Under normal migration circumstances, concerns about national security might apply. Yet in this case, Syrians came to Germany to escape the same forces that ravaged Paris. Three choices await these refugees in Syria. If they return peacefully, they will be slaughtered by Assad for attempting to flee. If they return armed they may be killed by terrorist groups for their resistance or, in some cases, their following of non-Sunni Islam. And if they stay on Syria’s outskirts or fan out to surrounding countries, they risk becoming radicalized by terrorists. This last risk is particularly high, for Syrian migrants are susceptible. They find themselves in exactly the position of dependence from which ISIL and ISIS levy their largest numbers of recruits. Pressured on all sides, they cave to the Islamic State (IS), the only firm alliance they truly have. At which point, forced IS dependency and ideological brainwashing under the guise of religious truth converts them fully into terrorists.

Alternatively, they can go to Germany. Two ideologies are thus in conflict: radicalization and westernization. Chancellor Merkel prefers westernization, and any claims to championing human rights that Germany has lately enjoyed come as an added benefit, rather than the goal itself, of Germany’s thrown-open doors. Furthermore, this is consistent with Merkel’s character. Merkel is far from generous, and her unflinching move towards austerity measures to maintain EU stability has well shown the reach of her “stern mien.”[6] Welcoming one million refugees after such recent economic tremors seems, so to speak, absurdly generous. When understood through the prism of national security, however, her actions make much more sense.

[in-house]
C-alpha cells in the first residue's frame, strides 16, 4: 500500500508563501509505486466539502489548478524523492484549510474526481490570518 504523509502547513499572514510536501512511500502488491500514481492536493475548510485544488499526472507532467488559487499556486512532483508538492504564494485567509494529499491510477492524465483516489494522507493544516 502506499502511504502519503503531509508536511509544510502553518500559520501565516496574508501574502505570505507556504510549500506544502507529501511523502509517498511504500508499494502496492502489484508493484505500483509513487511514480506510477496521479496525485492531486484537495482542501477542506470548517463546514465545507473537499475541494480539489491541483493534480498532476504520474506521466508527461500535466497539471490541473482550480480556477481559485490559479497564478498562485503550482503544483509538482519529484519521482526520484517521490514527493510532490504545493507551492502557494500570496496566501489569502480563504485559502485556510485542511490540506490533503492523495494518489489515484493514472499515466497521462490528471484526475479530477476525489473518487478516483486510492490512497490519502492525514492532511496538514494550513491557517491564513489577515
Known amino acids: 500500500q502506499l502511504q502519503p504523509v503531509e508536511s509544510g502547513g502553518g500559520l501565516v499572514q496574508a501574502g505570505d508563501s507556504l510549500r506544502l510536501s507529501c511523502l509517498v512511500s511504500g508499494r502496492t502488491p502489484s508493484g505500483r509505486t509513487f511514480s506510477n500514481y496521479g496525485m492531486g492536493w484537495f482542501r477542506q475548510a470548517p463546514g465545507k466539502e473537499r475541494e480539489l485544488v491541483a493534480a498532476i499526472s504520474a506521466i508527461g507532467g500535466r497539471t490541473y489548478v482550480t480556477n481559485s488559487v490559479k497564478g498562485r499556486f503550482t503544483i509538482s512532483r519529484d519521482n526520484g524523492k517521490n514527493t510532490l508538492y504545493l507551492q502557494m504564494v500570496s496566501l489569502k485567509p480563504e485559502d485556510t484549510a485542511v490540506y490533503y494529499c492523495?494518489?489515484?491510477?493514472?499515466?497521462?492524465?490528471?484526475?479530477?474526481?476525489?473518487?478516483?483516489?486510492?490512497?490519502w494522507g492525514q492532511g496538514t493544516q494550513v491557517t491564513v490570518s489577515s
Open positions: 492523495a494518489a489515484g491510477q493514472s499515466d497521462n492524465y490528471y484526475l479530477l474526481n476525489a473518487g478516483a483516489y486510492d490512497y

Merkel’s decision, then, was not about forsaking national security for freedom of movement, but about erasing the ideological dichotomy between them and choosing one form of national security over another. She is one of the most powerful people in the world. Of necessity, she must consider the costs of her actions on the world stage. The world stage price of refusing Syrian refugees is letting them fall back into the hands of war, poverty, death, and terrorist recruitment. It is incumbent on her to make a choice that not only shepherds those in need to safer shores, but also sends a resounding message that help in its most desperate form will be met by German aid. It becomes as much a deterrent to radicalization as it does an olive branch.